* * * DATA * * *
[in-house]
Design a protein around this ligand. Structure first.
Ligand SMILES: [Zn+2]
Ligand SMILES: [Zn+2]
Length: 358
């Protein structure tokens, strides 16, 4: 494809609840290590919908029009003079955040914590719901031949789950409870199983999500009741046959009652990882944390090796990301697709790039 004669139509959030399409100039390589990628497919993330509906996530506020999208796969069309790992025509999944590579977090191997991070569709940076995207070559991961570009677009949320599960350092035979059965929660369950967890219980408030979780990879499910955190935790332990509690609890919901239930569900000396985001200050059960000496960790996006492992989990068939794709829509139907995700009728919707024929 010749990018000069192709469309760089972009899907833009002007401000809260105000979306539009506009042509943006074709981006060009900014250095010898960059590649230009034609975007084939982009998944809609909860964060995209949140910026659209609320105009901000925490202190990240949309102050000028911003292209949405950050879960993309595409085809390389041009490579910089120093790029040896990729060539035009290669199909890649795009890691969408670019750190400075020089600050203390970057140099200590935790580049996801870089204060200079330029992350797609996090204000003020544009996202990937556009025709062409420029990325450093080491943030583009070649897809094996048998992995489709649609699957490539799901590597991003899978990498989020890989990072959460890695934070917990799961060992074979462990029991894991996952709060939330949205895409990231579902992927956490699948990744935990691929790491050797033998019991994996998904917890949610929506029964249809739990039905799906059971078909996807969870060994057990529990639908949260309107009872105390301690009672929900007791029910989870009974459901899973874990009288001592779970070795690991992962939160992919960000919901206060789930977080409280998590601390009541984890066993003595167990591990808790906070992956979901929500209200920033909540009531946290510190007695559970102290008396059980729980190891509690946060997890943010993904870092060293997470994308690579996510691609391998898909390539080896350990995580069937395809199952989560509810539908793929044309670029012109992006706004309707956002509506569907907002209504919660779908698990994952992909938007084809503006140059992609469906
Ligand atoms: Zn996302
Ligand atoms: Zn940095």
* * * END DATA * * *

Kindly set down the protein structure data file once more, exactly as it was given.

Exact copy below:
[in-house]
Design a protein around this ligand. Structure first.
Ligand SMILES: [Zn+2]
Ligand SMILES: [Zn+2]
Length: 358
């Protein structure tokens, strides 16, 4: 494809609840290590919908029009003079955040914590719901031949789950409870199983999500009741046959009652990882944390090796990301697709790039 004669139509959030399409100039390589990628497919993330509906996530506020999208796969069309790992025509999944590579977090191997991070569709940076995207070559991961570009677009949320599960350092035979059965929660369950967890219980408030979780990879499910955190935790332990509690609890919901239930569900000396985001200050059960000496960790996006492992989990068939794709829509139907995700009728919707024929 010749990018000069192709469309760089972009899907833009002007401000809260105000979306539009506009042509943006074709981006060009900014250095010898960059590649230009034609975007084939982009998944809609909860964060995209949140910026659209609320105009901000925490202190990240949309102050000028911003292209949405950050879960993309595409085809390389041009490579910089120093790029040896990729060539035009290669199909890649795009890691969408670019750190400075020089600050203390970057140099200590935790580049996801870089204060200079330029992350797609996090204000003020544009996202990937556009025709062409420029990325450093080491943030583009070649897809094996048998992995489709649609699957490539799901590597991003899978990498989020890989990072959460890695934070917990799961060992074979462990029991894991996952709060939330949205895409990231579902992927956490699948990744935990691929790491050797033998019991994996998904917890949610929506029964249809739990039905799906059971078909996807969870060994057990529990639908949260309107009872105390301690009672929900007791029910989870009974459901899973874990009288001592779970070795690991992962939160992919960000919901206060789930977080409280998590601390009541984890066993003595167990591990808790906070992956979901929500209200920033909540009531946290510190007695559970102290008396059980729980190891509690946060997890943010993904870092060293997470994308690579996510691609391998898909390539080896350990995580069937395809199952989560509810539908793929044309670029012109992006706004309707956002509506569907907002209504919660779908698990994952992909938007084809503006140059992609469906
Ligand atoms: Zn996302
Ligand atoms: Zn940095």